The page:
On April 11, 1981 the arrest of a black man sparked off three days of riots in Brixton, south London. Rioters fought police, attacked buildings and set fire to vehicles; over 300 people were injured and the damage amounted to approximately £7.5 million.
The riots shocked the UK but tensions had been building up for a while and finally boiled over. Brixton was (and still is) an area with a large minority population and especially West Indians. Half of all black men had no jobs and many young black men accused police of discriminating against them particularly through the unfair use of the “Sus” law which allowed police to stop and search anyone they suspected of planning to carry out a crime. While an amended Race Relations Act had become law in 1976 police forces were exempted from its provisions. The week before the riots, a special police operation called “Operation Swamp” had seen police stop and search over a thousand people under the “Sus” law supposedly in an attempt to crack down on street crime. The operation caused widespread resentment among the young men of Brixton who felt that they were being unfairly targeted and heightened tensions. On the evening of April 10th, a crowd had gathered to confront police after rumours of police brutality against a black man but they had dispersed. The following night, an arrest resulted in full scale riots.
Although the arrest of a man had sparked the riots in Brixton, high unemployment, deprivation, racial tensions and poor relations with police were not unique to Brixton. The next few months would witness a host of similar disturbances including in Manchester and Liverpool.
An inquiry was commissioned by the Government and headed by Lord Scarman. His report published in November 1981, stated that there was "no doubt racial disadvantage was a fact of current British life". He recommended that "racially prejudiced" behaviour be made a specific offence under the Police Discipline Code with offenders liable to dismissal. The report also led to the end of the “Sus” law, the creation of the Police Complaints Authority and police/community consultative groups and new approaches to police recruitment and training.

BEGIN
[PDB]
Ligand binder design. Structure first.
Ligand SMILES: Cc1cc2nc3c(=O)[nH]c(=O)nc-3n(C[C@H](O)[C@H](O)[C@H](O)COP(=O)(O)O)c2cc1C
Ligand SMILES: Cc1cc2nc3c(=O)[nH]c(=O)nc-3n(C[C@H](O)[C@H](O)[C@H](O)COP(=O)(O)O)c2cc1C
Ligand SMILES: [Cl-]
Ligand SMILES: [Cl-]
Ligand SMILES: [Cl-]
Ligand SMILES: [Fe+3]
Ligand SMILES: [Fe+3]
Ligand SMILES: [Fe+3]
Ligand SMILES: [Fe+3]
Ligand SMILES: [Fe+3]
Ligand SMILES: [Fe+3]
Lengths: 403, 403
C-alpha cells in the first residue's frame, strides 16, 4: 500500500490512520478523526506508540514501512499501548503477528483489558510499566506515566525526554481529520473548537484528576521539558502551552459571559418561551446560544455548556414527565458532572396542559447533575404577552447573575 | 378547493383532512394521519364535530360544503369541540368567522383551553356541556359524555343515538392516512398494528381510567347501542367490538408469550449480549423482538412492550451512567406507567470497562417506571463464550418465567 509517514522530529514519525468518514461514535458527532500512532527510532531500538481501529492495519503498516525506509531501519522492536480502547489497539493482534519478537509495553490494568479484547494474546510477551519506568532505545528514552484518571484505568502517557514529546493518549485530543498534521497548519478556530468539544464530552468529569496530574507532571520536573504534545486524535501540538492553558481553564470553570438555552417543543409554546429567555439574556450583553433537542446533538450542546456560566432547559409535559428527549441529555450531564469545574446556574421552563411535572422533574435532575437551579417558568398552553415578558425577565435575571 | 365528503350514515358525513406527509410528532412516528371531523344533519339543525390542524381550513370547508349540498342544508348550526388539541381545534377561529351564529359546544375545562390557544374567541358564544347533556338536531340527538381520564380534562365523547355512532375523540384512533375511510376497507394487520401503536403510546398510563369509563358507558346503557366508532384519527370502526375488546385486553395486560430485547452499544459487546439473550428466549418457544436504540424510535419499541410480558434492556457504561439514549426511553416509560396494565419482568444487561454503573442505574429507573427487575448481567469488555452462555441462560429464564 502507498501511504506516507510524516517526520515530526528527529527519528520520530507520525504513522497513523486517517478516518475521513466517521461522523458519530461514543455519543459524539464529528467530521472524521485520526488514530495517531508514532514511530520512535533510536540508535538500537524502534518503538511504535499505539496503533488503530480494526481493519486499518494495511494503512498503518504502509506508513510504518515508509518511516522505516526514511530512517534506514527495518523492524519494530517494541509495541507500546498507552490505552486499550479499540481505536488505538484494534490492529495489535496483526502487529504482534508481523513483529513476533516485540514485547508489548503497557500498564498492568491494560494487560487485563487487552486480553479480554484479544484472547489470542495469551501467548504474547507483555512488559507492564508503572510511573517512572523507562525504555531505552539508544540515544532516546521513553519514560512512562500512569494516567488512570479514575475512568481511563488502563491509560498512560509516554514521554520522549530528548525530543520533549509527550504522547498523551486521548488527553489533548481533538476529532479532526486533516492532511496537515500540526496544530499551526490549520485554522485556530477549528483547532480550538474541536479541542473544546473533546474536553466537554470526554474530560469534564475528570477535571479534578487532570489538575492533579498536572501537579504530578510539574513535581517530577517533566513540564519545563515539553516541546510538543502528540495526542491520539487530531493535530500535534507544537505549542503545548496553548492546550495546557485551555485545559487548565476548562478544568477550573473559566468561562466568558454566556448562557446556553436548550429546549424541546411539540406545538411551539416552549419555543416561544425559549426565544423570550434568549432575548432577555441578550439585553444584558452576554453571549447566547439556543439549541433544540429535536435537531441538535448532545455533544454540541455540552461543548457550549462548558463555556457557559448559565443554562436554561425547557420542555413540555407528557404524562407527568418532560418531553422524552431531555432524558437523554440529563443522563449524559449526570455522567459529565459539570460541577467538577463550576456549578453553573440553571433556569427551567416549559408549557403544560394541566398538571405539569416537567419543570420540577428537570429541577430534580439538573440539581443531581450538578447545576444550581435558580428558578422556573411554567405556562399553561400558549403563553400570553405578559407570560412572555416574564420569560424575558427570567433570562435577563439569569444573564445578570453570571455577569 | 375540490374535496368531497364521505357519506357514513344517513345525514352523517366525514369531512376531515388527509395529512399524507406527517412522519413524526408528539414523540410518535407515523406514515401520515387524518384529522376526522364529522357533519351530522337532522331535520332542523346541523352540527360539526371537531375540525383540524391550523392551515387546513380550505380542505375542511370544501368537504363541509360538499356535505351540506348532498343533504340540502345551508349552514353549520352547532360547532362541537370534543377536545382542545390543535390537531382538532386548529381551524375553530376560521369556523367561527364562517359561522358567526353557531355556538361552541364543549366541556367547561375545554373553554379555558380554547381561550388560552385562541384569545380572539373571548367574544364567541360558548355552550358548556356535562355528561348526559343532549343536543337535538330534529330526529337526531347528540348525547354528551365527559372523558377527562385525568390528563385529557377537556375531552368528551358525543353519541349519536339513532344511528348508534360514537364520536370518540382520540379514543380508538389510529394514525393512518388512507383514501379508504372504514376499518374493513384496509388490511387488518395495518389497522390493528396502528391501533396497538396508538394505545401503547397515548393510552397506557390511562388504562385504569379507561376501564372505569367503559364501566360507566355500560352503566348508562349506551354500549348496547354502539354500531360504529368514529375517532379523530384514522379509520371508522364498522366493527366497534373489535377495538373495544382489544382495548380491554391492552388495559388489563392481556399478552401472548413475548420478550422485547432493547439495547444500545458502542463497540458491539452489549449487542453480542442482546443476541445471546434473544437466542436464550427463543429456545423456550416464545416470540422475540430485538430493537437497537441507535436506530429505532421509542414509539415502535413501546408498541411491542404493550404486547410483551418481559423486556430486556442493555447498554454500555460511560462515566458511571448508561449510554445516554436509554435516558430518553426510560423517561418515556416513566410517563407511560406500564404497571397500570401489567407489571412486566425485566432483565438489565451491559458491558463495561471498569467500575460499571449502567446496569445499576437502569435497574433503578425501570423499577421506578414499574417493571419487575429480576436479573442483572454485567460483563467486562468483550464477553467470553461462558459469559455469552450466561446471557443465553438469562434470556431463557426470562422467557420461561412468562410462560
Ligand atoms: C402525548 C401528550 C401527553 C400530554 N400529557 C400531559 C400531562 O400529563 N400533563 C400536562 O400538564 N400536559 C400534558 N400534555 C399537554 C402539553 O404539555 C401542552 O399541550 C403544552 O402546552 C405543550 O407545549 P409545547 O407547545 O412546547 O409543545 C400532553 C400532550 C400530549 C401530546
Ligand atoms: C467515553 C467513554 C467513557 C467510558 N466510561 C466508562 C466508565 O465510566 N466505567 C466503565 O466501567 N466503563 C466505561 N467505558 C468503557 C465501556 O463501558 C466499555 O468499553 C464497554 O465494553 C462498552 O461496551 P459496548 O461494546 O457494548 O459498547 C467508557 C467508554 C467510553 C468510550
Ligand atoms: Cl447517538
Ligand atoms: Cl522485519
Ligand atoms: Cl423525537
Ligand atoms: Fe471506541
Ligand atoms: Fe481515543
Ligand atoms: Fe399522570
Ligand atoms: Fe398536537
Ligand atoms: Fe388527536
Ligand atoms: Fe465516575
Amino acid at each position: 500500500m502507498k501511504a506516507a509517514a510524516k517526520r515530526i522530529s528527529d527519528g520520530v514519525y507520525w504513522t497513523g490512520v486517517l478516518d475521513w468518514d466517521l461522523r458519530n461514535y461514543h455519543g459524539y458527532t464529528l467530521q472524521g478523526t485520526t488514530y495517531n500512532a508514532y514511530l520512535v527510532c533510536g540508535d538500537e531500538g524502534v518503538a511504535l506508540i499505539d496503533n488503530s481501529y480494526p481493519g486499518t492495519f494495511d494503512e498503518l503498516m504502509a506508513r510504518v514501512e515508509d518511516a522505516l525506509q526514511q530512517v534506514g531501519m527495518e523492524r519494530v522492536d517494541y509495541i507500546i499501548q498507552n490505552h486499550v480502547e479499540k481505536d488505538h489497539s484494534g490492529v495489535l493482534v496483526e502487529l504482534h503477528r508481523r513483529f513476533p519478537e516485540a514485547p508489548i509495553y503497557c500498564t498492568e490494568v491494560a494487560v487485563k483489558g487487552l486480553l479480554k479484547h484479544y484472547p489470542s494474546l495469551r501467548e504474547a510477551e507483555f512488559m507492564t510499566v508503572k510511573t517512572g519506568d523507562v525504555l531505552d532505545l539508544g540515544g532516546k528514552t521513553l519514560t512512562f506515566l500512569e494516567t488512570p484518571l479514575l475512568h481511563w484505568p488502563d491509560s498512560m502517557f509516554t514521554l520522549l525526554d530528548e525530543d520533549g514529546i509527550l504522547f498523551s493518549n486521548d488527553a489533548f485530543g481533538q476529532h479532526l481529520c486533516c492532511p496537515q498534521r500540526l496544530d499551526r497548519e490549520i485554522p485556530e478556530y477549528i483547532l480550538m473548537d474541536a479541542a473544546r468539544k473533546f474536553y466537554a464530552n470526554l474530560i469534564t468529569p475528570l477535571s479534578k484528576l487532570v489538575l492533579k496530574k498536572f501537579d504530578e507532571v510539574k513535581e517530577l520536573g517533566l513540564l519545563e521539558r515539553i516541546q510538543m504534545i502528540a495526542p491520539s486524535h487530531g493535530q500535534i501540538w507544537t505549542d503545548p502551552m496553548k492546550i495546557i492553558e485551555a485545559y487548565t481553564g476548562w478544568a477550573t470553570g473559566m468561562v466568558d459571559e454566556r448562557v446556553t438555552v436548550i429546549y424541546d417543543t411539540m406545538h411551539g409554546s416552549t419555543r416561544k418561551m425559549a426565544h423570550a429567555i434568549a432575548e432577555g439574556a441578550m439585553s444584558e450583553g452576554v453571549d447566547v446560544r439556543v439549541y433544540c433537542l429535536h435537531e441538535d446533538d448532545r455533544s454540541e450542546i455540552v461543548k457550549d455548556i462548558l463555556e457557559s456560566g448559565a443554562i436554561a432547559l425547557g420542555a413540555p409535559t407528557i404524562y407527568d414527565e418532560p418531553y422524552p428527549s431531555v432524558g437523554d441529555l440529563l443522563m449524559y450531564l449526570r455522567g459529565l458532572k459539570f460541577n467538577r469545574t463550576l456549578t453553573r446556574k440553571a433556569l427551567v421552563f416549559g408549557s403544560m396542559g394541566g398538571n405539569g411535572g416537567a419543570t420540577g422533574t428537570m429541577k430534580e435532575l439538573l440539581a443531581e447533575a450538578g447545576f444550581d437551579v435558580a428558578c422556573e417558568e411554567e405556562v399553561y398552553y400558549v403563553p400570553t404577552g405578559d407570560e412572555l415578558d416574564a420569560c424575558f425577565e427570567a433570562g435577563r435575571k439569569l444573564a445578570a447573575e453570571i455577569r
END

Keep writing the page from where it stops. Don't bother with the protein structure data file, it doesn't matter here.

However, he concluded that "institutional racism" did not exist in the Metropolitan force and it would be another twenty years before the scope of the Race Relations Act would include the police. Ironically, eighteen years later, Lord Macpherson’s report stemming from an inquiry into the police investigation of the murder of black teenager Stephen Lawrence by a group of white youths would arrive at a totally opposite conclusion: that the Metropolitan Police were institutionally racist.
The Brixton riots drew national attention to the situation of black people living in Britain and led to blacks becoming more politically active. However there were sporadic disturbances in the 1980s and 1990s and black people continue to face numerous problems ranging from discrimination, deaths in custody, racist attacks, poverty, unemployment and low academic achievement among boys. With the focus of Britain now on its Islamic population and particularly those of Pakistani origin, the challenges facing blacks have assumed even less importance.